New DOH Nursing Home Visitation Guidance Reduces COVID-19-Free Lookback to 14 Days
On Sept. 15th, the Department of Health (DOH) released new nursing home visitation guidance, effective Sept. 17th, that allows facilities to welcome visitors if they have no "new nursing home onset of COVID-19 in the nursing home" for 14 days. This represents a significant reduction of the 28-day waiting period previously in effect. Notably, the new DOH guidance also uses the "nursing home onset" standard introduced by the Centers for Medicare and Medicaid Services (CMS) in its reopening guidance. Another major change in the guidance is a new requirement that all visitors present a negative COVID-19 test result within the last seven days.
In addition to the 14-day waiting period after a COVID-19 infection in the facility, to qualify for visitation, nursing homes must satisfy specified conditions, including, in summary:
- Compliance with state and federal reporting requirements;
- Submission of a NY Forward Safety Plan here and communication of any changes to the plan, including space(s) to be used (outdoors and indoors) and the number of visitors that could be accommodated with social distancing;
- No staffing shortages based on the staffing plan and National Healthcare Safety Network (NHSN) submissions;
- Access to adequate testing and a testing plan that ensures that all consenting nursing home residents have had a baseline COVID-19 test and the ability to test and re-test all residents upon identification of a case in the facility;
- An arrangement with a laboratory to process SARS-CoV-2 PCR tests with a rapid turnaround time;
- Adherence to written screening protocols.
The number of visitors to the nursing home must not exceed 10 percent of the resident census at any time, and only two visitors will be allowed per resident at any one time. Visitors under age 18 are prohibited. This is in contrast to earlier guidance which allowed visitors under age 18 if accompanied by an adult age 18 or older.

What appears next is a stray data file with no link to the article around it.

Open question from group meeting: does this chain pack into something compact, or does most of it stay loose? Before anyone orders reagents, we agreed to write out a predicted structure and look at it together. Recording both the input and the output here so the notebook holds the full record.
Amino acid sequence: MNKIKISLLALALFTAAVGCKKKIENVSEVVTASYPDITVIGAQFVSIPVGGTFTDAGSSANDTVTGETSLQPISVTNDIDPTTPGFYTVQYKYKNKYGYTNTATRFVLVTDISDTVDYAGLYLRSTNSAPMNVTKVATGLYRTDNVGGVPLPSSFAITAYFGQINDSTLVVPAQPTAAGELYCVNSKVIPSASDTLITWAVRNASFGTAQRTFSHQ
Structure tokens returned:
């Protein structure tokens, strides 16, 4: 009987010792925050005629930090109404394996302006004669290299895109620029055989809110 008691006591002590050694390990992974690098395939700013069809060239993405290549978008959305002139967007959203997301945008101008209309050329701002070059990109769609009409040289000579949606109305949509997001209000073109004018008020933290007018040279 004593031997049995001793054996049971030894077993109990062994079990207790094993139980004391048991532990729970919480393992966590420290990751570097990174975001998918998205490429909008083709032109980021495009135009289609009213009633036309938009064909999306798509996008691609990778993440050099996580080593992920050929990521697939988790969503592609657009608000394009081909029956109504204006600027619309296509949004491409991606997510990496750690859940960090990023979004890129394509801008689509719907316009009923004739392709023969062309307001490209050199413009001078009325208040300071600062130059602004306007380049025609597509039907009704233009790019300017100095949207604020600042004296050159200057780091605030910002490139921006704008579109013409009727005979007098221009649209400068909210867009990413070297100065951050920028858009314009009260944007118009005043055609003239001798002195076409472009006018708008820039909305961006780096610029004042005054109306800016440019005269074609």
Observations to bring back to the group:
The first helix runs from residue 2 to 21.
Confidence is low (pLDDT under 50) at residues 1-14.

If these conditions are met, nursing homes may allow visitation in accordance with rigorous guidelines. These guidelines include, in summary, the following:
- Visitation should be limited to outdoor areas, but may be permitted in an inside, well-ventilated space with no more than 10 individuals who are socially distant and wearing a mask;
- Visitation is prohibited in resident room or care areas, except for end-of-life visits, parents visiting a pediatric resident in a dedicated pediatric unit or wing, and residents who are bed-bound;
- Visitors, including Long Term Care Ombudsmen, are screened for symptoms and present a negative COVID-19 test result within the last seven days;
- Documentation of visitors' contact information with specified elements is maintained electronically;
- Adequate personal protective equipment (PPE) is made available to ensure that residents and visitors wear a mask or face covering;
- Alcohol-based hand rub is made available;
- A fact sheet regarding requirements of visitors is made available at screening.
If visitation conditions are met, facilities may also allow small group activities with social distancing and no more than 10 residents and staff. Certain "non-essential personnel" are allowed in facilities, subject to the same infection control requirements as staff, including students enrolled in programs to become licensed, registered, or certified health care professionals, provided the nursing home environment is appropriate to the student's education, training, and experience. Construction projects may resume if they impact the lives of residents and were previously approved with a mitigation/prevention plan. Such projects may not resume in a functioning and occupied dedicated COVID-19 unit.
The guidance also notes that nursing homes should continue to refrain from sending residents to non-medically necessary trips outside the nursing home and that communal dining remains suspended.